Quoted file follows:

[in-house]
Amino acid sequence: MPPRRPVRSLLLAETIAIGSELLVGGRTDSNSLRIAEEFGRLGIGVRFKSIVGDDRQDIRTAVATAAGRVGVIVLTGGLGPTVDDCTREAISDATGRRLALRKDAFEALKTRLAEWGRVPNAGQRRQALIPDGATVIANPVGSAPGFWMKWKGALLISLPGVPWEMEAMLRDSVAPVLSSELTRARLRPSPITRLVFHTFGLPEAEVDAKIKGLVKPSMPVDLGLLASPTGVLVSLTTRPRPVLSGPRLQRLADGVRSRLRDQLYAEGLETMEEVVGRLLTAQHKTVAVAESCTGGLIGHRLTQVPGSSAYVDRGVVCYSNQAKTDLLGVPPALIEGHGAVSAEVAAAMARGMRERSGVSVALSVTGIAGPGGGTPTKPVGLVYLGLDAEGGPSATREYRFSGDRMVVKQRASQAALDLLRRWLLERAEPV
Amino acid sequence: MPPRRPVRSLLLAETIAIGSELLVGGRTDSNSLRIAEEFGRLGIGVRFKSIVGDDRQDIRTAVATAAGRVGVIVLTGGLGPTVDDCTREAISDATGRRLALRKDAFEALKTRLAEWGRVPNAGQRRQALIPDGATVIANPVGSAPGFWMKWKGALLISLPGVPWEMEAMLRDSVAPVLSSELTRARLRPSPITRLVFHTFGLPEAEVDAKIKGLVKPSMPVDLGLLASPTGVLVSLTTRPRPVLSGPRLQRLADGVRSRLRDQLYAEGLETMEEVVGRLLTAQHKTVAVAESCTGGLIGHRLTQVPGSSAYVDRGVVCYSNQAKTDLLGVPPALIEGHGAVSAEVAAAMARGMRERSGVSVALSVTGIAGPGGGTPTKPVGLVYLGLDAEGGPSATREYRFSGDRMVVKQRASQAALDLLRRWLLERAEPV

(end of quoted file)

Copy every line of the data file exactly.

[in-house]
Amino acid sequence: MPPRRPVRSLLLAETIAIGSELLVGGRTDSNSLRIAEEFGRLGIGVRFKSIVGDDRQDIRTAVATAAGRVGVIVLTGGLGPTVDDCTREAISDATGRRLALRKDAFEALKTRLAEWGRVPNAGQRRQALIPDGATVIANPVGSAPGFWMKWKGALLISLPGVPWEMEAMLRDSVAPVLSSELTRARLRPSPITRLVFHTFGLPEAEVDAKIKGLVKPSMPVDLGLLASPTGVLVSLTTRPRPVLSGPRLQRLADGVRSRLRDQLYAEGLETMEEVVGRLLTAQHKTVAVAESCTGGLIGHRLTQVPGSSAYVDRGVVCYSNQAKTDLLGVPPALIEGHGAVSAEVAAAMARGMRERSGVSVALSVTGIAGPGGGTPTKPVGLVYLGLDAEGGPSATREYRFSGDRMVVKQRASQAALDLLRRWLLERAEPV
Amino acid sequence: MPPRRPVRSLLLAETIAIGSELLVGGRTDSNSLRIAEEFGRLGIGVRFKSIVGDDRQDIRTAVATAAGRVGVIVLTGGLGPTVDDCTREAISDATGRRLALRKDAFEALKTRLAEWGRVPNAGQRRQALIPDGATVIANPVGSAPGFWMKWKGALLISLPGVPWEMEAMLRDSVAPVLSSELTRARLRPSPITRLVFHTFGLPEAEVDAKIKGLVKPSMPVDLGLLASPTGVLVSLTTRPRPVLSGPRLQRLADGVRSRLRDQLYAEGLETMEEVVGRLLTAQHKTVAVAESCTGGLIGHRLTQVPGSSAYVDRGVVCYSNQAKTDLLGVPPALIEGHGAVSAEVAAAMARGMRERSGVSVALSVTGIAGPGGGTPTKPVGLVYLGLDAEGGPSATREYRFSGDRMVVKQRASQAALDLLRRWLLERAEPV